I received my Bachelors in Religious Studies from Liberty University – don’t let the name fool you. The religious studies degree is basically a Bible degree masked with a more neutral name to help the students be more marketable after graduation. That being said, I took classes on John, Romans, Daniel and Revelation, Genesis, Systematic Theology I and II, and on and on. I am blessed to say I have a pretty firm grasp on the content of Scripture (and a pretty lousy degree for making myself a career…).
Anyone who has a good grasp on Scripture will notice that the Mass is filled with Scripture. It brings it to life and brings it into the present moment as we participate in the words written by the Apostles many years ago. I wanted to highlight a few of them and tell you about where they come from in Scripture, what their implications are, and my little thoughts about them.
1. The “Our Father”
When the disciples asked Jesus how to pray he provided for them a beautiful prayer that continues to be powerful in the lives of Christians throughout the world. At every Mass we pray this prayer, the same prayer that has been prayed for two millennia by millions and millions of saints, martyrs, and simple believers. It has the power to transform us inwardly – Thy will be done, give us our daily bread (remembering to stay in the present), forgive us our debts (remembering that we are sinners), as we forgive our debtors (remembering to show others mercy). It also unifies us as we pray Our Father not My Father – we must remember that to love God is to be part of a huge, crazy family.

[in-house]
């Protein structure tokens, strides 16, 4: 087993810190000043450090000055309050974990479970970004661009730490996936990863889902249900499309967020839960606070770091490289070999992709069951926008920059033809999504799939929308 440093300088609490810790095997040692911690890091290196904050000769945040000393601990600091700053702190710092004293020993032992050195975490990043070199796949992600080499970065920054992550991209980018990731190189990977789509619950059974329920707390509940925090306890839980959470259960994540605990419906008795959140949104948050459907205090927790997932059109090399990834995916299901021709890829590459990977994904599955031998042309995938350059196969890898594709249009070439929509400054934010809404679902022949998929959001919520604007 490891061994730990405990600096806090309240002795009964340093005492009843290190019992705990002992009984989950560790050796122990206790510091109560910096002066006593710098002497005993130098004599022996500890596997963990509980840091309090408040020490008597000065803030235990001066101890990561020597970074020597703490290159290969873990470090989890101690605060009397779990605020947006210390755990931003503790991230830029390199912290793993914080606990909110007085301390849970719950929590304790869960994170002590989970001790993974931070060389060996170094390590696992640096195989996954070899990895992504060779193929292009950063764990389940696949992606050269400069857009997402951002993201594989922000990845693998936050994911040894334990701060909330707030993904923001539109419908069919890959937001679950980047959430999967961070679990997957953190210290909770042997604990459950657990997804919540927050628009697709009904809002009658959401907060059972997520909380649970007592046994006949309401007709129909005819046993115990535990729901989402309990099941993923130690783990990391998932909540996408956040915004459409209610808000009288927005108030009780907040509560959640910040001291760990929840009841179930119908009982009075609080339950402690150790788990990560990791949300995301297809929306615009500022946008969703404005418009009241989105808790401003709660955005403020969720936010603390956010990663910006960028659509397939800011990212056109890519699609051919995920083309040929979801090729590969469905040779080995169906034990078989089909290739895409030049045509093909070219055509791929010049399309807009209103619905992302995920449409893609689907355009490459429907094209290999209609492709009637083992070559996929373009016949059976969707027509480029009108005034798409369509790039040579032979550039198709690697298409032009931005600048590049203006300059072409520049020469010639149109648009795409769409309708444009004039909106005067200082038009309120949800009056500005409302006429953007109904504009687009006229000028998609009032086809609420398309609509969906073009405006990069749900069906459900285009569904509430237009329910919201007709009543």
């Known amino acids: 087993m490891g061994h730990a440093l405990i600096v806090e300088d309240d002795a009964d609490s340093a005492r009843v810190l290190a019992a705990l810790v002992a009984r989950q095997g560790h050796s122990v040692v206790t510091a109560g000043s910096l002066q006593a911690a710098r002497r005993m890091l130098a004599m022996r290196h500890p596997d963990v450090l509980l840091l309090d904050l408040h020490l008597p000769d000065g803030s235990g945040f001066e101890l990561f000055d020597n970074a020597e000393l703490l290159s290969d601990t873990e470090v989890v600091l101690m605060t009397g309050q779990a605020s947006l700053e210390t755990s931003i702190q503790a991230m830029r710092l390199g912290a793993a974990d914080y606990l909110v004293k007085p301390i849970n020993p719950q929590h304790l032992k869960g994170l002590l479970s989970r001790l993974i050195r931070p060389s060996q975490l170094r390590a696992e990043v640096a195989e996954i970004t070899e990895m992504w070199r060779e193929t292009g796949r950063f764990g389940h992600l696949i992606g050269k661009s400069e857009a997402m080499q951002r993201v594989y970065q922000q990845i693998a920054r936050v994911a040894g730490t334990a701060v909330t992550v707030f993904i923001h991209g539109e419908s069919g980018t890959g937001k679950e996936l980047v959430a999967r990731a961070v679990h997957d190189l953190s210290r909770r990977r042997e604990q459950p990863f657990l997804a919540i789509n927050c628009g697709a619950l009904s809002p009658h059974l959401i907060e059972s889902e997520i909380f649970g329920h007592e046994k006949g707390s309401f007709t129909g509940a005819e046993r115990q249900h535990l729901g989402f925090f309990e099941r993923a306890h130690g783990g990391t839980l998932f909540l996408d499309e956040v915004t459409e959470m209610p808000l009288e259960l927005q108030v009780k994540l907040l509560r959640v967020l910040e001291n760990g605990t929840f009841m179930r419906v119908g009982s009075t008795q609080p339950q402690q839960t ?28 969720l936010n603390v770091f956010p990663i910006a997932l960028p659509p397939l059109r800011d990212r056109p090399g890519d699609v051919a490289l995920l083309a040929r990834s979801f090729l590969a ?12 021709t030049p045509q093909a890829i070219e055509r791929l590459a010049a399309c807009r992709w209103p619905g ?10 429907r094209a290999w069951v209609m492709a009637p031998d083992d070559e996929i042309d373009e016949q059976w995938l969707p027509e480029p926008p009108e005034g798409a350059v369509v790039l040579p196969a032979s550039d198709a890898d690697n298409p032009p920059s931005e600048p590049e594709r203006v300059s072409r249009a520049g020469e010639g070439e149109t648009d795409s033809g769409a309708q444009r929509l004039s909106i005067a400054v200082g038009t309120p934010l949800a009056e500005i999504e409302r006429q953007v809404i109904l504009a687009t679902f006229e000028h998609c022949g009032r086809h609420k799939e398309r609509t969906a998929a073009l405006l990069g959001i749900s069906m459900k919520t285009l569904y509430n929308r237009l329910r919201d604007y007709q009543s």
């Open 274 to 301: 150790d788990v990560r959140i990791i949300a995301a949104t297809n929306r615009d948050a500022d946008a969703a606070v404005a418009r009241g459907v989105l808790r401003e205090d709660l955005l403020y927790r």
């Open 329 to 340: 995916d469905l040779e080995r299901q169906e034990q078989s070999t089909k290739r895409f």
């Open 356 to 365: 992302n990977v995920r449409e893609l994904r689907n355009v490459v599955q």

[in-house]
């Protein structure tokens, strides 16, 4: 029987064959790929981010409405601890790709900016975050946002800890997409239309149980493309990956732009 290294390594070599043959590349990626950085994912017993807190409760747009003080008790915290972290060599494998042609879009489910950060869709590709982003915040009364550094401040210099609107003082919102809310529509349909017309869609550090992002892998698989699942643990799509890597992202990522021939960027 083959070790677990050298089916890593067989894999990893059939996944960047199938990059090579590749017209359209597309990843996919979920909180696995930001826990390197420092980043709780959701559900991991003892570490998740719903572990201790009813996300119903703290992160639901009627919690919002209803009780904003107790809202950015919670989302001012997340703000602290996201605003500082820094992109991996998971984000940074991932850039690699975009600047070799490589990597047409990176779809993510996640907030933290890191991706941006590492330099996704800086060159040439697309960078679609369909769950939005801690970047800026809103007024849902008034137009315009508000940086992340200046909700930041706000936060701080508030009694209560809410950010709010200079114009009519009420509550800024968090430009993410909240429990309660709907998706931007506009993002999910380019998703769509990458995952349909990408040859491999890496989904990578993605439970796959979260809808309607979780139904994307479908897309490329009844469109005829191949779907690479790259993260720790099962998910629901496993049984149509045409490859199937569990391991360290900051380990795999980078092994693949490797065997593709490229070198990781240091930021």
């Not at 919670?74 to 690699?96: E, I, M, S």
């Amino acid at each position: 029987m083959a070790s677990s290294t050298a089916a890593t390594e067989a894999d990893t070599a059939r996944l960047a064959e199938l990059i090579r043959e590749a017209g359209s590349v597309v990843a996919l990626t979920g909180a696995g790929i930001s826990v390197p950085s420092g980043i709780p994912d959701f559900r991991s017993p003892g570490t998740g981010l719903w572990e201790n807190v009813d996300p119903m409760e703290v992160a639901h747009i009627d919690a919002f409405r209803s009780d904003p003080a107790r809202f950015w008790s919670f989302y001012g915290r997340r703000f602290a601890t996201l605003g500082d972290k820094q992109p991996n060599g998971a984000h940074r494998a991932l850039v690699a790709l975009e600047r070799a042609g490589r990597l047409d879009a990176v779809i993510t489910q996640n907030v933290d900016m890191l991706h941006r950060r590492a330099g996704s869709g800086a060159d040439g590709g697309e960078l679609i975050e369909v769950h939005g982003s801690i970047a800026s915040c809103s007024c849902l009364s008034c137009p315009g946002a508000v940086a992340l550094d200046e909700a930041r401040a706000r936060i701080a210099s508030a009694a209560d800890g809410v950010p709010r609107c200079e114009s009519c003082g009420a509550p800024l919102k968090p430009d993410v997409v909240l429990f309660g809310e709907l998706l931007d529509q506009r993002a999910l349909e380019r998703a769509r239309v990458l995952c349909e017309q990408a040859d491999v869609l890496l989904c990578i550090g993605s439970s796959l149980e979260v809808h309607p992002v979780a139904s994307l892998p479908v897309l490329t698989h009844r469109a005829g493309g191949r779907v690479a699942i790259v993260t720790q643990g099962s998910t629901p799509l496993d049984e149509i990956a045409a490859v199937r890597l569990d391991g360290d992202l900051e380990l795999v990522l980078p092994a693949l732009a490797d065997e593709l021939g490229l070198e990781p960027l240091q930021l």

Oddly enough, Catholics are some of the only Christians who pray this prayer the way Jesus taught it. When Jesus taught this prayer it ended with, “…but deliver us from evil. Amen.” The early Church added on the doxology – “For the kingdom and the power and the glory is yours now and forever. Amen.” Most Protestants pray the Our Father with the added doxology without thinking about the fact that it doesn’t read that way in their Bibles*. Catholics in their recitation of the prayer end it the way Jesus did, though the doxology is recited in the Mass, but not as a part of Lord’s Prayer. It seems that sacred tradition may have seeped into Protestant circles without them realizing…
*I want to leave it at that… but I cannot because you, the reader, must have the full information on this. Some manuscripts have the doxology added to Matthew 6, but most of the earliest ones do not. King James Version advocates say that this doxology is from the original inspired Scriptures and they include it in their Bibles, though the scholars who contributed to translating most modern translations used in most Protestant churches (NIV, ESV, NASB) omit the doxology as a later addition to the original texts by the early church.
2. The Sanctus
“Holy, Holy, Holy Lord God of hosts.
Heaven and earth are full of your glory.
Hosanna in the highest.
Blessed is he who comes in the name of the Lord.
Hosanna in the highest”
This ancient hymn is rich, filled with words found in Scripture. Before the Sanctus is sung by all present at the Mass the priest says, “And so with choirs of angels, with all the heavenly host, we proclaim your glory and join their unending song of praise.”
The first two lines of the Sanctus draw from Revelation 4:8 and Isaiah 6:3. In both of these passages the Apostle John and the prophet Isaiah have a vision in which they see angelic creatures in heaven praising God saying, “Holy, holy, holy is the Lord of hosts; the whole earth is full of his glory.” (Isaiah 6:3) So when we sing this in the Mass we are literally joining with the songs of praise being sung in heaven right now! In fact, in Revelation it states that these living creatures never cease to praise the Lord, day and night. It’s a powerful way to unite ourselves to the saints and angels in heaven and to foreshadow our future hope of joining with them in their song after we take leave from this earth.